• Students will present their work to the class (in a whole group, small group and partner setting).
  • Students will begin the year having fun and seeing our classroom as a positive, happy place to learn and grow!

All that being said, there were MANY things we did this week, and honestly I do not have pictures or videos of them all. (As a side note, I’ll add in a quick observation here: first graders do so many more things in the first week than fifth graders do!  The number of activities and directions you prepare for each hour of the day with 6YOs is SO MANY MORE than when you have big kids.  That’s probably an obvious statement, and even one I knew going in, but I was definitely reminded of it very quickly this week.  Like by lunchtime on Tuesday. 🙂 ).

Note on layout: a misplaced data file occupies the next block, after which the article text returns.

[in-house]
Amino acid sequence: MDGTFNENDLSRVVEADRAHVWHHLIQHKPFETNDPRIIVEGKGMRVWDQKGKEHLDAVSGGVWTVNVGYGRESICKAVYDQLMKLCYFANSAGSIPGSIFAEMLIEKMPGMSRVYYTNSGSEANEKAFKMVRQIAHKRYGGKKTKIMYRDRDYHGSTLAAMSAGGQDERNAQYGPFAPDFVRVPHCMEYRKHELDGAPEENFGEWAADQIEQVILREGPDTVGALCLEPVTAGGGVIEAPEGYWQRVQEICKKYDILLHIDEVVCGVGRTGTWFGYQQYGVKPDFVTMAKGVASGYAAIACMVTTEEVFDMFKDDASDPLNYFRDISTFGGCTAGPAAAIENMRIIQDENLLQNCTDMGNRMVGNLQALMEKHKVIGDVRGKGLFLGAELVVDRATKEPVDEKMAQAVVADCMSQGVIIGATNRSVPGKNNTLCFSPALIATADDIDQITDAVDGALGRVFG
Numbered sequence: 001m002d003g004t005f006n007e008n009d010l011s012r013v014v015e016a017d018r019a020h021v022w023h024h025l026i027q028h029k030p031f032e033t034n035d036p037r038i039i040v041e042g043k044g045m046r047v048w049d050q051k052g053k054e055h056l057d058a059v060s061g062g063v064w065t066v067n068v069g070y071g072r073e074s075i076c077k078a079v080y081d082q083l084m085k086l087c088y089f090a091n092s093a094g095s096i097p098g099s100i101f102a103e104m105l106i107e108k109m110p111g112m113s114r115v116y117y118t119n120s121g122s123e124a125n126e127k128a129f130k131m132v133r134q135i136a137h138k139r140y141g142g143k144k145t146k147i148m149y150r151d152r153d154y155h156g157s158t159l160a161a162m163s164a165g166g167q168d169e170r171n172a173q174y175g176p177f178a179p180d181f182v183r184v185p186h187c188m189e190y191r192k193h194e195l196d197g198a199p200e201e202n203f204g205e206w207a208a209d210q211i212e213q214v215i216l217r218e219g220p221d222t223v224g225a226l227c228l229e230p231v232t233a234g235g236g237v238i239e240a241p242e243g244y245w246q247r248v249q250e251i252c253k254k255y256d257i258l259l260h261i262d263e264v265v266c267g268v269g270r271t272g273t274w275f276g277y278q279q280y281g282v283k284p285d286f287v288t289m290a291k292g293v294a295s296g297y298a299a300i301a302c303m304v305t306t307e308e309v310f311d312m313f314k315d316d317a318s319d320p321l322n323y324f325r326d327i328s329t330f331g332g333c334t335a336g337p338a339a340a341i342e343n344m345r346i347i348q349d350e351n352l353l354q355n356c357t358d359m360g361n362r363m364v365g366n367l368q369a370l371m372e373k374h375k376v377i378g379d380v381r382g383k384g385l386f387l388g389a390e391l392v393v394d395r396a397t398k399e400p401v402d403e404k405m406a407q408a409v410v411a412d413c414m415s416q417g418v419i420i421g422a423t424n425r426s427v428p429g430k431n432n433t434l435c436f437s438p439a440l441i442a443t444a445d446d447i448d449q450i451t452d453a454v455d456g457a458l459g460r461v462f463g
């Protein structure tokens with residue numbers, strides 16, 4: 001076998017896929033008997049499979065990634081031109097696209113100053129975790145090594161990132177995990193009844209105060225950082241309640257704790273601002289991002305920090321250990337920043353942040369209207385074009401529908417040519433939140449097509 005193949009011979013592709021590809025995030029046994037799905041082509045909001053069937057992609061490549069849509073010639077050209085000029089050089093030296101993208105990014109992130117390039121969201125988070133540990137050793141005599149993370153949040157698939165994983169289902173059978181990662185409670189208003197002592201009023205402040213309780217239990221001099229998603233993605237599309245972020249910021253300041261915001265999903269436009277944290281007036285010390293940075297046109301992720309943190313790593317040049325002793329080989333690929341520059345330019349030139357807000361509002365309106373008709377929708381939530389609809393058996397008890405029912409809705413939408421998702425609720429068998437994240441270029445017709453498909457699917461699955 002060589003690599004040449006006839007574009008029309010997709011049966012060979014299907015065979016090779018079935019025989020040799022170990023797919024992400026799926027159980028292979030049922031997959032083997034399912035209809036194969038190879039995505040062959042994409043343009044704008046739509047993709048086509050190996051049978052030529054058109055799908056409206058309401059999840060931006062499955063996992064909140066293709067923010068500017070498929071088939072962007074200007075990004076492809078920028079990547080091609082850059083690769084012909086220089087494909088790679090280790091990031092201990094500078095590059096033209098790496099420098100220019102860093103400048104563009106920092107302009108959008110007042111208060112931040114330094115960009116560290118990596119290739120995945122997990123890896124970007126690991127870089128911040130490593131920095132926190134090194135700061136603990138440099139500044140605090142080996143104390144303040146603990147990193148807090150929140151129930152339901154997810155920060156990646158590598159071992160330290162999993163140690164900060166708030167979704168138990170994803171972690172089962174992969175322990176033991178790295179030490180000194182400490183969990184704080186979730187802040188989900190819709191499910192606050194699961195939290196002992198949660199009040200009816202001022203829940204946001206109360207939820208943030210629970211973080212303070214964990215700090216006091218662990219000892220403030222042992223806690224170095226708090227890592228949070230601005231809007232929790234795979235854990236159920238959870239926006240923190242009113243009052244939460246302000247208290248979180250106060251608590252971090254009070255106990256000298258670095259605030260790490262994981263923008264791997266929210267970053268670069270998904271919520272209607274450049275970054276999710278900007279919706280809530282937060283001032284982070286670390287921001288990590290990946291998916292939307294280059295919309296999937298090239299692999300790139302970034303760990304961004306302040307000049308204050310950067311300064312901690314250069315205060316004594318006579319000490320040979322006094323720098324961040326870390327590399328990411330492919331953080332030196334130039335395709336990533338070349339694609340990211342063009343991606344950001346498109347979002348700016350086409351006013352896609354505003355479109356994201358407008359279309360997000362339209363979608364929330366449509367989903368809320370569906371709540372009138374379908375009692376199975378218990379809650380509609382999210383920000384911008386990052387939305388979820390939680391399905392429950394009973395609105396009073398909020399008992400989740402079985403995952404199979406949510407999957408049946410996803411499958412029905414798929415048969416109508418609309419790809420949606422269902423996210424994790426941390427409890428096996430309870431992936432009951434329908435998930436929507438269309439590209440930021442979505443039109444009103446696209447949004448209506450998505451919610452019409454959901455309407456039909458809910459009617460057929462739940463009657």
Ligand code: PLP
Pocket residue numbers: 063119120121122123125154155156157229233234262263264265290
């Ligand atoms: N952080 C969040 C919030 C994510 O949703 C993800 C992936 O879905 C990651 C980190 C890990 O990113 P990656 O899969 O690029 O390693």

Getting to Know Each Other

As we began the week, we worked to get to know each other, and did activities together like finding friends who like certain activities (soccer, swimming, reading, etc.); being a name detective and finding friends whose names start with different letters of the alphabet; playing name bingo; and playing together.  During our first Morning Meeting, we introduced ourselves and shared our favorite colors.  And while I don’t have any pics of it (sorry!), we also started sharing our Brag Bags, which they filled at home with 5 things that tell about them.  Kind of like the 3 Things project I’ve done in 5th grade. 🙂

IMG_2926 IMG_2927 IMG_2928 IMG_2929 IMG_2930

Working on Procedures and Routines